Harmful effects of ethanol on small engines
Ethanol attracts water and separates (phase separation) in fuel to create a corrosive mixture that settles on the bottom of fuel tanks. Over time, ethanol-blended gasoline can corrode metal fuel components and deteriorate plastic and rubber fuel system components. In addition, oxygen in ethanol-blended fuels causes gasoline to decay faster, leaving varnish and sludge deposits over time.
These and other ethanol-blended fuel-related issues may result in engines that will not start or that run poorly, and may even ruin engines and other fuel system components. In extreme circumstances, an engine running on phase-separated fuel may run out of control, posing serious danger to the operator.
Due to majority of problem is fuel related, not starting and carburetor damage, its best to use good quality gas, and store it in the proper gas containers that is sealed.
Also helps to have a frequent turn on gas by buying smaller amounts at a time but more frequently to have fresher gas on hand.
Best to run them dry in the fall, no gas to go bad, also empty can in the car (unless you have water in it), store both mower and can inside, out of the weather. (Under the eve or deck does not count).
Also we cannot be held responsible with your gas, or your gas and mower storage habits. (or any other habits for that matter)
Bad customer example " You fixed it last summer and now it won’t start (spring time), it’s your fault, you did not do a good job, and I'm going to leave a bad review" (As you can see who get the blame now)
The following symptoms may occur when using E15 fuel:
Softening, cracking, swelling, drying of rubber and plastic components
Corrosion of the metal fuel system components
Water absorption which leads to fuel becoming more corrosive
Phase separation, which can completely ruin engines and fuel systems
Shorter life of the fuel with higher amounts of oxygen
Leaner running, causing heat problem.
All not covered under warranty
E15 remains a leading industry concern, OPEI chief says
E15, weather patterns and government regulations are significant factors for the outdoor power equipment industry, said Kris Kiser, president and CEO of the Outdoor Power Equipment Institute. "[E15] is a legal fuel available in the marketplace that is not safe for your nonroad products. ... No product (OPEI equipment) in existence today has been designed, built or warranted to run on any fuel containing more than 10 perfect ethanol. You are likely to void your warranty if you use fuel with ethanol content higher than 10 percent," Kiser says.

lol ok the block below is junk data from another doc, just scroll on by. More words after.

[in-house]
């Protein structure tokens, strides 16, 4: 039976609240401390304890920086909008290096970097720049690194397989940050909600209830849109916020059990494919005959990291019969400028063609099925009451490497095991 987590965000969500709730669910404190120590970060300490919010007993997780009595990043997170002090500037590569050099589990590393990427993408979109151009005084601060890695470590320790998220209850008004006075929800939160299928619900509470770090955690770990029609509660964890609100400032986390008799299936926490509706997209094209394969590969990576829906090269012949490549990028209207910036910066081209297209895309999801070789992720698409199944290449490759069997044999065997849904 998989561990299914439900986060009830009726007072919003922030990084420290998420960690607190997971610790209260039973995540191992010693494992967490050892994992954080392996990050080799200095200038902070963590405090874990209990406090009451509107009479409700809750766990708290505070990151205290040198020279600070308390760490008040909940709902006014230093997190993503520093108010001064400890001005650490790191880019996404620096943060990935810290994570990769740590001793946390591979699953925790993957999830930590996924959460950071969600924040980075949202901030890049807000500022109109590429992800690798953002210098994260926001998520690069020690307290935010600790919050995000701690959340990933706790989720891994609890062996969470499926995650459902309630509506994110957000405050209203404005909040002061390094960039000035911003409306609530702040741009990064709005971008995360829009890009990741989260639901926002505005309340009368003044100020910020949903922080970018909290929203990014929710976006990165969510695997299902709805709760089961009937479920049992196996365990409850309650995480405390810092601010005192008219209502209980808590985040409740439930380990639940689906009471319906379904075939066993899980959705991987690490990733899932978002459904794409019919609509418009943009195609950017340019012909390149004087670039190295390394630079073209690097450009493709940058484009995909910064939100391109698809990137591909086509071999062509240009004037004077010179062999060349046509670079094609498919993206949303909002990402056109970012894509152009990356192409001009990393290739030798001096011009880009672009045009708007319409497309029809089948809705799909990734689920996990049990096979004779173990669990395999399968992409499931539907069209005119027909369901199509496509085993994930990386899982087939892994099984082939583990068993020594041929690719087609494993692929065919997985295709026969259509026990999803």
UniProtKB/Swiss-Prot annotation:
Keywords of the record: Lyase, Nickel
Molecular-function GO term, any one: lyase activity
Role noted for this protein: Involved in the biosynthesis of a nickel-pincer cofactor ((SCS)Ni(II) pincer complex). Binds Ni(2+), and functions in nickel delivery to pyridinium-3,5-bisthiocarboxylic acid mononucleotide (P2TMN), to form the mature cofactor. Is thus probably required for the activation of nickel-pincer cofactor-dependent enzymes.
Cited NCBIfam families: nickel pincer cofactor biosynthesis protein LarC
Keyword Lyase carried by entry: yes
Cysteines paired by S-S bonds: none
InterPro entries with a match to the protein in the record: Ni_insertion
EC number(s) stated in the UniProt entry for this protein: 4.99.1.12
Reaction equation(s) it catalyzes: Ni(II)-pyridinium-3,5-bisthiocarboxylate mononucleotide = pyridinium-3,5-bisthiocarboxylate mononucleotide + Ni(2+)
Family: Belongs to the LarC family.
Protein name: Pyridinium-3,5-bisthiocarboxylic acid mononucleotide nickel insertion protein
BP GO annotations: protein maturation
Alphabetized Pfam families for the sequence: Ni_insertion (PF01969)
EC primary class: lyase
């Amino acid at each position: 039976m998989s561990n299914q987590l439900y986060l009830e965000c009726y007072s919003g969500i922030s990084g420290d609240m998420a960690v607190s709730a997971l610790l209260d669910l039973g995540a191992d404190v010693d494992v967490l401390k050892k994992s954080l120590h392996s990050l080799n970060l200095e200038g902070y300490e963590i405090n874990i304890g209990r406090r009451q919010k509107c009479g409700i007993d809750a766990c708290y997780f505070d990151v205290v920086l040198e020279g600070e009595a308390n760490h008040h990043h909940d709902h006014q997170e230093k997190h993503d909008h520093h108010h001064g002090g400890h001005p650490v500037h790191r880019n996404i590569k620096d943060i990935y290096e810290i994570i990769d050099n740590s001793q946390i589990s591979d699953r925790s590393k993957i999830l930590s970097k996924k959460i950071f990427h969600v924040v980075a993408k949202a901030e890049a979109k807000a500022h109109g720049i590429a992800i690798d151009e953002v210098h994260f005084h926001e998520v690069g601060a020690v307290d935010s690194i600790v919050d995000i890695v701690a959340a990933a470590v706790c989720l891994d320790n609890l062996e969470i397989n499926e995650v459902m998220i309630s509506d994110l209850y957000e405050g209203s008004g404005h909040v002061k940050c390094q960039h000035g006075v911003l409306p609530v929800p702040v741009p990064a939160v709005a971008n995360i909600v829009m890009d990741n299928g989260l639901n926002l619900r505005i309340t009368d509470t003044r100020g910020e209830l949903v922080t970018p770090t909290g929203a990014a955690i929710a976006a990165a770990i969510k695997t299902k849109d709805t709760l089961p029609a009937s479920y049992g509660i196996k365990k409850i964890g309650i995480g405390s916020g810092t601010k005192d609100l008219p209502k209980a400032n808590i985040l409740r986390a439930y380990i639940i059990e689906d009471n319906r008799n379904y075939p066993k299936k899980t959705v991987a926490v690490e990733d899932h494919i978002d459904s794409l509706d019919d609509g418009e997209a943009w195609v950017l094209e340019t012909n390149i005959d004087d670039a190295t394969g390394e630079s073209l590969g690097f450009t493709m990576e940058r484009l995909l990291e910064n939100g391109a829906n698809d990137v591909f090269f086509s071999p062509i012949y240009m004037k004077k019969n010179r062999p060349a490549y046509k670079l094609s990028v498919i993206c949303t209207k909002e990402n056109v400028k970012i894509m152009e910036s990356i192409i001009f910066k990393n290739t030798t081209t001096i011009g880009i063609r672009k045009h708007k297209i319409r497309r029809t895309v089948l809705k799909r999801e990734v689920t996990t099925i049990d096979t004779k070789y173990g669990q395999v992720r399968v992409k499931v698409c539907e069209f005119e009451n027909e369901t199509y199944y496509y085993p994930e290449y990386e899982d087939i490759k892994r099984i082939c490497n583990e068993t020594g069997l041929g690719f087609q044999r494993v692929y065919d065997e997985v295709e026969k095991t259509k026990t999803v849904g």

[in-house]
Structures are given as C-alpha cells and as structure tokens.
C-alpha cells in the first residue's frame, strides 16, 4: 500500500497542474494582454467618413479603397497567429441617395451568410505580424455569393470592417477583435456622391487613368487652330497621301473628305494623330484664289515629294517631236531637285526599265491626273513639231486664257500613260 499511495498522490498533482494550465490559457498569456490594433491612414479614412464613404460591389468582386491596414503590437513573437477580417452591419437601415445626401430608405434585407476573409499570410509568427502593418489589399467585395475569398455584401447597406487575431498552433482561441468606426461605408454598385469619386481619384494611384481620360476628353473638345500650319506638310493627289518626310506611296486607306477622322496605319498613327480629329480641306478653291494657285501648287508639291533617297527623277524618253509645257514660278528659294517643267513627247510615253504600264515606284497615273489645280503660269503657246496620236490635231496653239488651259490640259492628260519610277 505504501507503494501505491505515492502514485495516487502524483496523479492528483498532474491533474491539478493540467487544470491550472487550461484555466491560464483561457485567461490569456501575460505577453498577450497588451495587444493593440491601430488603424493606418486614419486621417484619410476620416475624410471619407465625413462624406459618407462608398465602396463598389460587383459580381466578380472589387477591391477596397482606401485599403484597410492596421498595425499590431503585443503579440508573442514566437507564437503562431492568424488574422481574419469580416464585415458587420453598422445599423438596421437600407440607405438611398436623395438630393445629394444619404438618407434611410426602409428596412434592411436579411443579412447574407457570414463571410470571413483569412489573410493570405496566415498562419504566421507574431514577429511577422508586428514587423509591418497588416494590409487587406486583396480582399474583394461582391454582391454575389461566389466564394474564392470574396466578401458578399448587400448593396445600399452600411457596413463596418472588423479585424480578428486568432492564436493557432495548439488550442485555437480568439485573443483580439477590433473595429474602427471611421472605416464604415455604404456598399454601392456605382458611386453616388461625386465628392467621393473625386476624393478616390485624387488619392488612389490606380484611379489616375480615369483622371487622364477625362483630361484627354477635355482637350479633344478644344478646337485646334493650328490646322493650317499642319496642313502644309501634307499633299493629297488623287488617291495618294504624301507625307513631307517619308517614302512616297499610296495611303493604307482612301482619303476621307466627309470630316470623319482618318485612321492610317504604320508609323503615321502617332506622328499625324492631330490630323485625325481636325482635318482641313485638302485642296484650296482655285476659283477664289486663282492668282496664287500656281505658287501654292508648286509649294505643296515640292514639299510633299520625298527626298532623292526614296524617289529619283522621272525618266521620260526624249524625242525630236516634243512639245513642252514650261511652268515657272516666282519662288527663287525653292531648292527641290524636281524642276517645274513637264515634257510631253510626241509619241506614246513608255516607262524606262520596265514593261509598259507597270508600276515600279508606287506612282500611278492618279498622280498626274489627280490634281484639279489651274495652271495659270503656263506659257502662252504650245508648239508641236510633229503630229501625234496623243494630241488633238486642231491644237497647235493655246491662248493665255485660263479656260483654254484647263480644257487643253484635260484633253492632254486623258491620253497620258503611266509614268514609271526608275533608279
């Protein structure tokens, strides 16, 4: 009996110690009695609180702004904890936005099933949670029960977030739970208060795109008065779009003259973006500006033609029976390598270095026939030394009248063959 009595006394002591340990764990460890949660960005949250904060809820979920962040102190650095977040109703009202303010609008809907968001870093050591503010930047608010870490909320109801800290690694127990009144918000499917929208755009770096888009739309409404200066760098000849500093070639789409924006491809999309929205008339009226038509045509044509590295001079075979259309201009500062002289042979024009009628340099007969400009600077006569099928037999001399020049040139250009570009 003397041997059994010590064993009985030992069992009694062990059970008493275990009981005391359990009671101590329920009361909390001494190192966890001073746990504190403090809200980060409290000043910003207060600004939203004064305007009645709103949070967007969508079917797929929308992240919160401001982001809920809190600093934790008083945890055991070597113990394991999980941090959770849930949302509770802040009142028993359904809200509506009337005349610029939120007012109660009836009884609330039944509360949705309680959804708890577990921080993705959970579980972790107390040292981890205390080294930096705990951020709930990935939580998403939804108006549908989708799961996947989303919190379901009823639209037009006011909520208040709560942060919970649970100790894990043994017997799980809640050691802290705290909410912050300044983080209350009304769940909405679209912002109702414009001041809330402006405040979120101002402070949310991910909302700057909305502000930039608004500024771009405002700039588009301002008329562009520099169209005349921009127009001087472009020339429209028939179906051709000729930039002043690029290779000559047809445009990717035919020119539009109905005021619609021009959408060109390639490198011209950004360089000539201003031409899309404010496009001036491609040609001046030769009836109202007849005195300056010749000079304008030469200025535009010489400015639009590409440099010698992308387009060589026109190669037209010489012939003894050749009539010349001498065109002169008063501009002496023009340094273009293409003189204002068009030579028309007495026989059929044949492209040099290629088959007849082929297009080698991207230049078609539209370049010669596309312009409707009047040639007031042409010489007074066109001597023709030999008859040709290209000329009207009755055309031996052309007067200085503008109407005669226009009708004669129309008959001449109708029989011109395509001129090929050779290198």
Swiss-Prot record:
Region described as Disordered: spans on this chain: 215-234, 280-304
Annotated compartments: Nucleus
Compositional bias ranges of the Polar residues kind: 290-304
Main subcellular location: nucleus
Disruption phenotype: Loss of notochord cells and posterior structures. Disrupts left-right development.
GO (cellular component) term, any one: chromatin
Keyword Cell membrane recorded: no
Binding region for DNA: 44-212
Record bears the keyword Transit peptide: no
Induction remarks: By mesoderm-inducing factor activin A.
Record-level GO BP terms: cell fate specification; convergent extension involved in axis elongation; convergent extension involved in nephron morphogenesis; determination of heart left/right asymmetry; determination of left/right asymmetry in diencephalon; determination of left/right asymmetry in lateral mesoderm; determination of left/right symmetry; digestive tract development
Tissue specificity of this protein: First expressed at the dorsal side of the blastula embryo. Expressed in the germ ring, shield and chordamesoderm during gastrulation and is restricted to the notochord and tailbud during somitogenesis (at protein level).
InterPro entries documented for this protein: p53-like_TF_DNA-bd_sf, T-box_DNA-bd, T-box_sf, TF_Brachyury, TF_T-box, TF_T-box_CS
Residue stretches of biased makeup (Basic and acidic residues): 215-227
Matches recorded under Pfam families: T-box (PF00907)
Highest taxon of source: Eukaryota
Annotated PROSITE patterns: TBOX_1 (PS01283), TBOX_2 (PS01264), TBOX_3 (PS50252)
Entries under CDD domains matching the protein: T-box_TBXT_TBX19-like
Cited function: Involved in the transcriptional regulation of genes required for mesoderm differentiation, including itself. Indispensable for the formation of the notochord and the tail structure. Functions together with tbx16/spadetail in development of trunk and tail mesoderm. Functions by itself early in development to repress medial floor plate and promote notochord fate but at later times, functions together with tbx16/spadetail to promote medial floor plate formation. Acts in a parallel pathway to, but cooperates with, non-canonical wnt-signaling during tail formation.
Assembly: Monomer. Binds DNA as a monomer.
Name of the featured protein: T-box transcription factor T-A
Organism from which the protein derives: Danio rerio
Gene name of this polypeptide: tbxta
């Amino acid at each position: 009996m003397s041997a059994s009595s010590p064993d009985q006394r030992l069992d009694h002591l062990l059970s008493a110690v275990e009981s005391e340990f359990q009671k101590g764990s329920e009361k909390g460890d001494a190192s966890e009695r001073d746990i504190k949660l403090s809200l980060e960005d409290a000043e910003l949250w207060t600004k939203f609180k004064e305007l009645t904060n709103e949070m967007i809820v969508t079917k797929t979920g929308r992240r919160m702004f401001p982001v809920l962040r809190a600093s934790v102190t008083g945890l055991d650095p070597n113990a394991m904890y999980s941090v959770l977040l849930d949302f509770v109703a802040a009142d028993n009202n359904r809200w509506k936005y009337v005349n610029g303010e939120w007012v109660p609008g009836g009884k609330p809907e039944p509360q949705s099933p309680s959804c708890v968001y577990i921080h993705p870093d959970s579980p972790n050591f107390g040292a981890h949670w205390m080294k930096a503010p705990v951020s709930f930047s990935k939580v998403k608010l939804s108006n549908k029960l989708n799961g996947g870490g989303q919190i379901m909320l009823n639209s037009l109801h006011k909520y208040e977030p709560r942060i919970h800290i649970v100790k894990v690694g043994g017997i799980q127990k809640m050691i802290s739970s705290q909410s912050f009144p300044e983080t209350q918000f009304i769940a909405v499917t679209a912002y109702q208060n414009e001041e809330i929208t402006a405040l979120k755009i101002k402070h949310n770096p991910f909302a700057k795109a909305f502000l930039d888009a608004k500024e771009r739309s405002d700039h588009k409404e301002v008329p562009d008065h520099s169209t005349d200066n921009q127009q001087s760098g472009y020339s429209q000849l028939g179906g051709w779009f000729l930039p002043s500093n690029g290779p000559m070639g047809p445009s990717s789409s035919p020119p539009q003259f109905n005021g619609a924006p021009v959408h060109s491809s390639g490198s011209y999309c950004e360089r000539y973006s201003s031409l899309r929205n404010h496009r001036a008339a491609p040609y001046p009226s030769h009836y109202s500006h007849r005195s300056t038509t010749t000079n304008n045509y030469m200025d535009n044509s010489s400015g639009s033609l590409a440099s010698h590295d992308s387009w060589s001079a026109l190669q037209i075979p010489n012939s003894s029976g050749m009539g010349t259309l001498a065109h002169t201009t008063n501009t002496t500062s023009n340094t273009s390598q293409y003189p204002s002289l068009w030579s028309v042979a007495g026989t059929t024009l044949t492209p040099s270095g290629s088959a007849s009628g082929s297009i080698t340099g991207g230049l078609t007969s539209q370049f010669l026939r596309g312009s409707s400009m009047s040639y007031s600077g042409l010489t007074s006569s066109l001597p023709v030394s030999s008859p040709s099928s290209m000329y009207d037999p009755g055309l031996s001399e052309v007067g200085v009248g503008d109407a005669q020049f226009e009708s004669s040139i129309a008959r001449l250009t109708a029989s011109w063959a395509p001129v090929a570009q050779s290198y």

Top Tier Detergent Gasoline
Places to find Ethanol free gas
Tips on not rusting, the deck out.
Seen some nice mowers ruined because of lack of care.
Clean underneath deck after using it.
Wet grass and some fertilizer will rust or corrode the deck.
Use the washout port while running on a hard surface if it has one.
Or run it on a hard surface and just aim the water next to the left side rear of the deck while running (front of the wheel) so the water will be sucked up inside the deck, kind like a dishwasher would. (do it till the water is clear)
Or disconnect the spark plug, tip with the air cleaner side up, use your gloves or scraper to remove most of it, does not need to be perfect to keep it from rusting. (but do not turn the blade while doing so).
Read the user’s manual for more info.
Tips on improving bagging grass.
When it does not bag as well as it used to, its bag cloth is most likely plugged up with grass.
Air needs to go through the cloth to bring the grass into the bag.
Hose or take off the bag off the frame and soak in bucket of water, bleach, and soap for a week and then hose it out good. (Washing machine, not a good idea, ask the wife)
Also make sure the deck is clean, see above tip info.
Tips on not having wheel ruts, in the lawn.
When you go in the same direction week after week it’s starting to look like you have railroad tracks in your lawn.
Best to change your directions every time you mow go North South, East West SE NW etc. and go back and forth not in a circle only.
Tips on keeping your mower a long time.
Buy a good one to start out with, not the cheapest thing you can find.
Keep it clean, keep it dry, get it serviced least every 1 or 2 years instead of just fixing it when it breaks.
In other words take care of it, seen 20 year old mowers still in service
Tips on you able to mow grass, first thing in the spring.
Don't wait till spring to get your mower fixed, especially if it broke in the fall, you had all winter to get it taken care of it.
We even have Fall/Winter rates to save you money, Grass always grows every Spring you can count on it.
Easiest way to get rid of leaves is to use your mower in the mulching mode.
Blow the leaves onto your lawn, and just mow mulch them up.
It helps the lawn grow better with less fertilizer, the worms eat them, poops and aerates the soils, so don't Diazinon your lawn it kills the worms, also helps with summer drought with better water absorption.
When leaves fall, mow weekly don't let it get too thick, and them complain it does not work.
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